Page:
MAKING SENSE -- March 14, 2012 at 5:36 PM ET
Do You Live in a Bubble? A Quiz
Paul Solman interviews author Charles Murray about his book "Coming Apart" at a local diner near Murray's hometown of Burkittsville, Md.
White America is coming apart at the seams.
That's the thesis Charles Murray, a libertarian political scientist at the American Enterprise Institute, puts forth in his new book, "Coming Apart." In a piece soon to appear on the NewsHour, Murray argues that the super wealthy, super educated and super snobby live in so-called super-ZIPs: cloistered together, with little to no exposure to American culture at large.
Those people, he says, live in a social and cultural bubble. And so he includes this 25-question quiz, covering beer to politics to Avon to "The Big Bang Theory," to help readers determine how thick their own bubble may be.
Editor's Note: | This post has been updated to include the 'share your score' form. Scroll down for our full list of bubble-related content.
Charles Murray's Quiz: How Thick is Your Bubble?
Some further thoughts from Murray about the quiz:
"The scoring of the archetypes reﬂects a few realities about socio-economic background and the bubble.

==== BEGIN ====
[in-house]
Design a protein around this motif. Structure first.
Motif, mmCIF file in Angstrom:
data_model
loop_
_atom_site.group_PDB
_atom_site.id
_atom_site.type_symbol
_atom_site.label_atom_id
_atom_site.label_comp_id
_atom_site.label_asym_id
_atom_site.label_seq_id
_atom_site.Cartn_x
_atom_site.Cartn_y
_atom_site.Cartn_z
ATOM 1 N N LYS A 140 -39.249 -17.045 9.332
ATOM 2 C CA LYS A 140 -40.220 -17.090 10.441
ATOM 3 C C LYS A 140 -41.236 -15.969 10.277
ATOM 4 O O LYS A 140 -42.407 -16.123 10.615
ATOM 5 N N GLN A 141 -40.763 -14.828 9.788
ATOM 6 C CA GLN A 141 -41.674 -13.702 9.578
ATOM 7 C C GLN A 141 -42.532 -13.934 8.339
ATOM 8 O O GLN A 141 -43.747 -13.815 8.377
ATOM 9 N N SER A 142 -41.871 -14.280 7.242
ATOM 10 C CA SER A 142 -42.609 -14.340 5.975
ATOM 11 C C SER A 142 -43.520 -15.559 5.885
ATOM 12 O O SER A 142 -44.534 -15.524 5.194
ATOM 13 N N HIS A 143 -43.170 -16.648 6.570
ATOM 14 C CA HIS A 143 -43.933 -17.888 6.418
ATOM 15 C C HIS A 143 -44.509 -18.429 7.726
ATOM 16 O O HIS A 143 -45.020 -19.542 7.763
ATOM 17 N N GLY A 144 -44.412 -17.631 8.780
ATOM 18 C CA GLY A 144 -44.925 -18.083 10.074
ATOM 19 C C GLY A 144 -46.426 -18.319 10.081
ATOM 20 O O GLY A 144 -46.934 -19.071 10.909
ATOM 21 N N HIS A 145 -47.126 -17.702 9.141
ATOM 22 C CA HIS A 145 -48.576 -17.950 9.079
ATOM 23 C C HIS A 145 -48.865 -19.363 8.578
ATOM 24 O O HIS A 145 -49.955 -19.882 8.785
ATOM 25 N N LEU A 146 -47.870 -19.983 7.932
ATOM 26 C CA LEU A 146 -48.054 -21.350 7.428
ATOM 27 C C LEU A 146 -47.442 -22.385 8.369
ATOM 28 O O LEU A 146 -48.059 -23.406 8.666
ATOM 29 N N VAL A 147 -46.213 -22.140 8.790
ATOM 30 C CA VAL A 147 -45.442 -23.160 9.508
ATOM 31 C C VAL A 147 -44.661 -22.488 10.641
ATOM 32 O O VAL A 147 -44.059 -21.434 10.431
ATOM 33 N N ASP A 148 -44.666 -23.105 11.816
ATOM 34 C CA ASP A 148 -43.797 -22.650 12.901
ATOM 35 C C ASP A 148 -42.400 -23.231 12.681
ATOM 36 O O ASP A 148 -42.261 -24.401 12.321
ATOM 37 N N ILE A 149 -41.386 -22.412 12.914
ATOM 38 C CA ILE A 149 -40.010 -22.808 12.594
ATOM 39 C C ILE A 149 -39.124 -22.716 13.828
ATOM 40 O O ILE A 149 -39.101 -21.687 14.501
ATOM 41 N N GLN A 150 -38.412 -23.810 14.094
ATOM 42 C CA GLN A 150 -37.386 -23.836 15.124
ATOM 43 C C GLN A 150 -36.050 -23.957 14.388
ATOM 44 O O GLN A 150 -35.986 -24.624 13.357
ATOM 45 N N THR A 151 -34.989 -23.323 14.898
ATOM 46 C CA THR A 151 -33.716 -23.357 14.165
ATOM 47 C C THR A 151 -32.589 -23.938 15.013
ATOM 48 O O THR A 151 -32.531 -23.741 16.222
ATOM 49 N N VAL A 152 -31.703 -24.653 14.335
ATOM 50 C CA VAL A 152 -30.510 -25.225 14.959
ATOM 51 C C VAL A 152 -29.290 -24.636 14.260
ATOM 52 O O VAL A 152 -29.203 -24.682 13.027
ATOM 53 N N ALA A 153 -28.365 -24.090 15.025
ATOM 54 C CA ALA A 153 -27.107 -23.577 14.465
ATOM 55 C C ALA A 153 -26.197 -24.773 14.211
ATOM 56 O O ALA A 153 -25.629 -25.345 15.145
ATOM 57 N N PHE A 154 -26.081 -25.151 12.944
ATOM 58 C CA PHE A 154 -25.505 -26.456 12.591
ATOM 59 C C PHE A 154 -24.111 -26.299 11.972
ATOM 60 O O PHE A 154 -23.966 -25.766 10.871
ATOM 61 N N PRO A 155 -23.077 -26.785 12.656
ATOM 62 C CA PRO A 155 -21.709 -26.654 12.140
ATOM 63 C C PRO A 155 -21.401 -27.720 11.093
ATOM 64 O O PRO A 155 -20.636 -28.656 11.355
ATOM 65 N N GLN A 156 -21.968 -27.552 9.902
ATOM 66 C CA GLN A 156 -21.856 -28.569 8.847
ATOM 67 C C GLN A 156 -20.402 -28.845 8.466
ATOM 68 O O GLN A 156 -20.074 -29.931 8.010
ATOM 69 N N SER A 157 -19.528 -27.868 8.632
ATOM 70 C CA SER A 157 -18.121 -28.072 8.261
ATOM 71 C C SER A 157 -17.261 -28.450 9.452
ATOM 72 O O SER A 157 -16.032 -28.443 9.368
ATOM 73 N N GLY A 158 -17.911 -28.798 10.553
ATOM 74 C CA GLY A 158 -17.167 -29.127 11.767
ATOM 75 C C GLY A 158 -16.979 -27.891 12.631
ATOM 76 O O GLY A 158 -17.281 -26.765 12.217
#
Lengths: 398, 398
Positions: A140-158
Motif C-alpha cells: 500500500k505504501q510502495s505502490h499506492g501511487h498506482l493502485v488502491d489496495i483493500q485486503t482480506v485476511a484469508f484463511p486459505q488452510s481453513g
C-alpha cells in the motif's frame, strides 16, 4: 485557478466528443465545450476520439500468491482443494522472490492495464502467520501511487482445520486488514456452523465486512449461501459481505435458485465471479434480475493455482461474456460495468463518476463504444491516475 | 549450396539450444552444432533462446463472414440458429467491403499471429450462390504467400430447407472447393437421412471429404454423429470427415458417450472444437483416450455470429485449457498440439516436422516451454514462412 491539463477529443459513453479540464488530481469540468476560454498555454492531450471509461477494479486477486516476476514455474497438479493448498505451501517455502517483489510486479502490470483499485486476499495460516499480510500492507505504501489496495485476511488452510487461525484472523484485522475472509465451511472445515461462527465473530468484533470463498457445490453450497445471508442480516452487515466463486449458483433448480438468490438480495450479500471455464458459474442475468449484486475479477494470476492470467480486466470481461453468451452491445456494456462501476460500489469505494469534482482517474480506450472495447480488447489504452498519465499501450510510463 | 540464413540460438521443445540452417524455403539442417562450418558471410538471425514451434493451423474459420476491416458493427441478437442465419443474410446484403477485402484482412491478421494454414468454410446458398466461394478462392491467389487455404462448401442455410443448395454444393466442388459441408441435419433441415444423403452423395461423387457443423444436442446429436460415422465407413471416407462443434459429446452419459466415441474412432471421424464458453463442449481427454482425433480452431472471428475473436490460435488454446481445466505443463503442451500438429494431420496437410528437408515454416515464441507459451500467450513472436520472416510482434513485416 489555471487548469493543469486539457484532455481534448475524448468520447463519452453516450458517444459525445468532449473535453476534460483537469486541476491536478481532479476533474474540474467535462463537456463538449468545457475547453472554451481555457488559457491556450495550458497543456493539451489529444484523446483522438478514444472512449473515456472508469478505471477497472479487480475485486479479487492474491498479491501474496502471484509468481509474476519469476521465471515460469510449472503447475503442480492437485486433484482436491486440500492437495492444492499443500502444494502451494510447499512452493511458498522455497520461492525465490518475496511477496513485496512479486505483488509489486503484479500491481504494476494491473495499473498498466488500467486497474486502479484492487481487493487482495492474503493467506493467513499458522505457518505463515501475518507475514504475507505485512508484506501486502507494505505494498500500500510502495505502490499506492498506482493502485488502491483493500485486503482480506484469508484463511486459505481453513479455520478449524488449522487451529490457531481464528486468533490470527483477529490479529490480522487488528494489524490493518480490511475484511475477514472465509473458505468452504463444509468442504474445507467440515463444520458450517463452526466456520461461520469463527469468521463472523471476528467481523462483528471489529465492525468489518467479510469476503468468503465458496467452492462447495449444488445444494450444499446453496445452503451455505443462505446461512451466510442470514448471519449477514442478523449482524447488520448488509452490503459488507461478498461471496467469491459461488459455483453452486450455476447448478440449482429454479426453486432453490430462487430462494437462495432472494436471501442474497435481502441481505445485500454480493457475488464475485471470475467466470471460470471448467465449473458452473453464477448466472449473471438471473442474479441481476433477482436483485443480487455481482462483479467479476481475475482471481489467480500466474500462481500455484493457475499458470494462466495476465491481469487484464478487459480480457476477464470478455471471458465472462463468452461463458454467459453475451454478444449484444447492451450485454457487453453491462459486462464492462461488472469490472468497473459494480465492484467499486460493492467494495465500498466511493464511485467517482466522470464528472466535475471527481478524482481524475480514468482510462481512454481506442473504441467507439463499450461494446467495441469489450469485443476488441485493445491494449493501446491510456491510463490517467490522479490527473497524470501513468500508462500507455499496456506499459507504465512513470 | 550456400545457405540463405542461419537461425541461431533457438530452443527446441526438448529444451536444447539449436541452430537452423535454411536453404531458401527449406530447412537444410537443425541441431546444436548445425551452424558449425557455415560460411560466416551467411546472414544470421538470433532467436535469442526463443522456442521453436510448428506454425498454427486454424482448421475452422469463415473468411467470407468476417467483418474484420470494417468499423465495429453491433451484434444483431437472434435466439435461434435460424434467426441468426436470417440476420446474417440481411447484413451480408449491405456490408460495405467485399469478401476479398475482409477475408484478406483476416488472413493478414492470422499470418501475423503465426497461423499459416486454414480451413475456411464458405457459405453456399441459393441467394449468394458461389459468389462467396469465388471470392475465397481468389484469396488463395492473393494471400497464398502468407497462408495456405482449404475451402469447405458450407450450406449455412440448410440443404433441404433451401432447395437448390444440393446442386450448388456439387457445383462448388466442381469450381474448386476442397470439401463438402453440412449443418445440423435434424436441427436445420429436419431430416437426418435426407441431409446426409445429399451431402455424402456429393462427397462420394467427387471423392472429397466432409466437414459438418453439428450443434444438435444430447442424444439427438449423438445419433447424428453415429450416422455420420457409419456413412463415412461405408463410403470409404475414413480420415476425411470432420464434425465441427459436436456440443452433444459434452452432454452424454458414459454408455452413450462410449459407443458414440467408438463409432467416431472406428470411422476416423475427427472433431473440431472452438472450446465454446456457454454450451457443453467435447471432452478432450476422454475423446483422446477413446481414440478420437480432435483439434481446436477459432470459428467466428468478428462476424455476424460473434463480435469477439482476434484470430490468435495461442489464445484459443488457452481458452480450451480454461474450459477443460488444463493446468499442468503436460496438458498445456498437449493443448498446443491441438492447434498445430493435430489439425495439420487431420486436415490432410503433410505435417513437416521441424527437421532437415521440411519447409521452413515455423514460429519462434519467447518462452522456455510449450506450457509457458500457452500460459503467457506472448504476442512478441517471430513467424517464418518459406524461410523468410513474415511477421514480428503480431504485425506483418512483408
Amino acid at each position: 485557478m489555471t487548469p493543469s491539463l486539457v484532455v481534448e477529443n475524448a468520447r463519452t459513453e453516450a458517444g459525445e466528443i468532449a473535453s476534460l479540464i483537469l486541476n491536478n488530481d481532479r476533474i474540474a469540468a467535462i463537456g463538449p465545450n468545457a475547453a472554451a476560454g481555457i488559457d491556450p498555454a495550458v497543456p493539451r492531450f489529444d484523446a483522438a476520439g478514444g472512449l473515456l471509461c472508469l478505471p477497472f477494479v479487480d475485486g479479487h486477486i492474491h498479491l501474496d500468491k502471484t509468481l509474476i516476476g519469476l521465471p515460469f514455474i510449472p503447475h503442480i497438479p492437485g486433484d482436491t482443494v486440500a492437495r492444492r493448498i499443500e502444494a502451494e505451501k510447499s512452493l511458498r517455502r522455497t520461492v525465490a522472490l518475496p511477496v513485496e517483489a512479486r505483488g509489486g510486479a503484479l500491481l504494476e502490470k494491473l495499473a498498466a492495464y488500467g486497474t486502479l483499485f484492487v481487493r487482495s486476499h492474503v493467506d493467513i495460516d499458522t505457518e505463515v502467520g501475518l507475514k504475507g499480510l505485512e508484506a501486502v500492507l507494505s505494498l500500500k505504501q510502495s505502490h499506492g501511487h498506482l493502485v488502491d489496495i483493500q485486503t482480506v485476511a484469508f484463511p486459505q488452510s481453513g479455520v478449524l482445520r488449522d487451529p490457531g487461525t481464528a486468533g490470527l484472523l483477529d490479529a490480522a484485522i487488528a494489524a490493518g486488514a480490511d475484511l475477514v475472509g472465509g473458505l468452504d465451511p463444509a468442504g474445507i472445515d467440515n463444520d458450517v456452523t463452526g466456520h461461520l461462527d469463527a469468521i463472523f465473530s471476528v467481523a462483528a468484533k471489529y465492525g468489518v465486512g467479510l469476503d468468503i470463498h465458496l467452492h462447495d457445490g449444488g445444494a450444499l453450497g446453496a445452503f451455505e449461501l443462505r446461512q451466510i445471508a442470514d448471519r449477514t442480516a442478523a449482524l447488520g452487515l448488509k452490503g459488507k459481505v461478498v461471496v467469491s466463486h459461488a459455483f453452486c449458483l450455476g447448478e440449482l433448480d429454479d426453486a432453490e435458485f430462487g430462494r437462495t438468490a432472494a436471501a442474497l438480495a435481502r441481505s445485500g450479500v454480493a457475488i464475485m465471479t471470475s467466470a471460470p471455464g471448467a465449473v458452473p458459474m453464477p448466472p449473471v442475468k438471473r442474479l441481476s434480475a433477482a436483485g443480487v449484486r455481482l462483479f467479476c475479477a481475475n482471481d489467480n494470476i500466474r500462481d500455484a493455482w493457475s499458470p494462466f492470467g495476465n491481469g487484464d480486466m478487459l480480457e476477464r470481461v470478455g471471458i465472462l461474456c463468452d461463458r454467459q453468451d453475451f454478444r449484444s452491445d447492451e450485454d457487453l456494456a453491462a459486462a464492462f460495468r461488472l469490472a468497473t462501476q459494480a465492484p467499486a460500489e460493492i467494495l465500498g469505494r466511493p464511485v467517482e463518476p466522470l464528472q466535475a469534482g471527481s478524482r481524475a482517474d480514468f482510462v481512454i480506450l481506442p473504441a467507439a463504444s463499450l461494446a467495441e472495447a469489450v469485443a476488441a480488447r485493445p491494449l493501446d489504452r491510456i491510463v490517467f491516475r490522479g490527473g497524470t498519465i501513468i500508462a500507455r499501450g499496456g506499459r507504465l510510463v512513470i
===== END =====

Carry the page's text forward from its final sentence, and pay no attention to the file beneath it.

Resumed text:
If you grew up in a working-class neighborhood, you are going to have a high score even if you are now an investment banker living on Park Avenue. Your present life may be completely encased in the bubble, but you brought a lot of experience into the bubble that will always be part of your understanding of America.
Growing up in a middle-class neighborhood also scores points for you on several questions, and this, too, is reﬂected in the real-world experiences that people bring to their adult lives in the new upper class. But middle class covers a wide variety of environments, and the degree to which people who grew up in the middle class seal themselves off from that world after they reach the new upper class also varies widely, which is reﬂected in the wide range of possible scores.
Having grown up in an upper-middle-class neighborhood inevitably means some restriction to your exposure to average American life. If you grew up in an exclusive part of town such as Chicago's North Shore or northwest Washington, you or your parents had to take proactive steps to force you out of the bubble. That sort of thing happens, but even then it is often artiﬁcial--your parents made you help out in a soup kitchen during high school and you volunteered for Habitat for Humanity during college, so you have had brief exposure to some of the most downtrodden people and disorganized neighborhoods. The truth is, such experiences still leave people with little idea of what life in an ordinary working-class or middle-class neighborhood is like."
Full disclosure. Here at Making Sen$e, Elizabeth Shell scored a 44 (although she expects to go fishing for the first time in years with her dad in the near future, thus upping her score a bit). Paul Solman scored a sequestered 31. And you?
Note | For more on Charles Murray, bubbles and culture:
This post was updated on Mar. 15 to better explain the quiz's results.